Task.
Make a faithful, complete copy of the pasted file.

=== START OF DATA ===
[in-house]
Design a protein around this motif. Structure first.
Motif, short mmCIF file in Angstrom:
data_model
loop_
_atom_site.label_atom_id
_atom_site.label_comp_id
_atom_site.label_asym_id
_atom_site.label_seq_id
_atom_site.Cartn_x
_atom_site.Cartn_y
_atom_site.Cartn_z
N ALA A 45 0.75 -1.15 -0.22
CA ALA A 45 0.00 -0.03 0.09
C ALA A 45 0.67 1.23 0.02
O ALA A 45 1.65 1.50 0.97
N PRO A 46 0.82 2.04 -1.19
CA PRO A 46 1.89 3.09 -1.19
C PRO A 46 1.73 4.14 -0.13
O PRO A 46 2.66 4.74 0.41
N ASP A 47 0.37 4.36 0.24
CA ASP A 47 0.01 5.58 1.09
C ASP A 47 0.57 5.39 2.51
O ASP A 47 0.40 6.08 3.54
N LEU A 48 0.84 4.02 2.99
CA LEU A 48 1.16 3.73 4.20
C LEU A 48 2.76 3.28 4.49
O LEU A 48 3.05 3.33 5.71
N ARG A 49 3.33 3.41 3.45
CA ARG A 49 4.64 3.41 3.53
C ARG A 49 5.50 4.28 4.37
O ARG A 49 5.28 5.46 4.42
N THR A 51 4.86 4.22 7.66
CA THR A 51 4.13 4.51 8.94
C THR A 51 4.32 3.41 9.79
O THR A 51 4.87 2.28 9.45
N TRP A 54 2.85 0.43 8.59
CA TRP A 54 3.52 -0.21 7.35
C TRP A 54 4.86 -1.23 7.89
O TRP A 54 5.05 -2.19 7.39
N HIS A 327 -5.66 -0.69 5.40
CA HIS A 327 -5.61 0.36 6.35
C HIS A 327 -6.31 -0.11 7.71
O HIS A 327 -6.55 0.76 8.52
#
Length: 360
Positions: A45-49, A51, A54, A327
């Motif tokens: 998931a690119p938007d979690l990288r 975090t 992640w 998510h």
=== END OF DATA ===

[in-house]
Design a protein around this motif. Structure first.
Motif, short mmCIF file in Angstrom:
data_model
loop_
_atom_site.label_atom_id
_atom_site.label_comp_id
_atom_site.label_asym_id
_atom_site.label_seq_id
_atom_site.Cartn_x
_atom_site.Cartn_y
_atom_site.Cartn_z
N ALA A 45 0.75 -1.15 -0.22
CA ALA A 45 0.00 -0.03 0.09
C ALA A 45 0.67 1.23 0.02
O ALA A 45 1.65 1.50 0.97
N PRO A 46 0.82 2.04 -1.19
CA PRO A 46 1.89 3.09 -1.19
C PRO A 46 1.73 4.14 -0.13
O PRO A 46 2.66 4.74 0.41
N ASP A 47 0.37 4.36 0.24
CA ASP A 47 0.01 5.58 1.09
C ASP A 47 0.57 5.39 2.51
O ASP A 47 0.40 6.08 3.54
N LEU A 48 0.84 4.02 2.99
CA LEU A 48 1.16 3.73 4.20
C LEU A 48 2.76 3.28 4.49
O LEU A 48 3.05 3.33 5.71
N ARG A 49 3.33 3.41 3.45
CA ARG A 49 4.64 3.41 3.53
C ARG A 49 5.50 4.28 4.37
O ARG A 49 5.28 5.46 4.42
N THR A 51 4.86 4.22 7.66
CA THR A 51 4.13 4.51 8.94
C THR A 51 4.32 3.41 9.79
O THR A 51 4.87 2.28 9.45
N TRP A 54 2.85 0.43 8.59
CA TRP A 54 3.52 -0.21 7.35
C TRP A 54 4.86 -1.23 7.89
O TRP A 54 5.05 -2.19 7.39
N HIS A 327 -5.66 -0.69 5.40
CA HIS A 327 -5.61 0.36 6.35
C HIS A 327 -6.31 -0.11 7.71
O HIS A 327 -6.55 0.76 8.52
#
Length: 360
Positions: A45-49, A51, A54, A327
């Motif tokens: 998931a690119p938007d979690l990288r 975090t 992640w 998510h």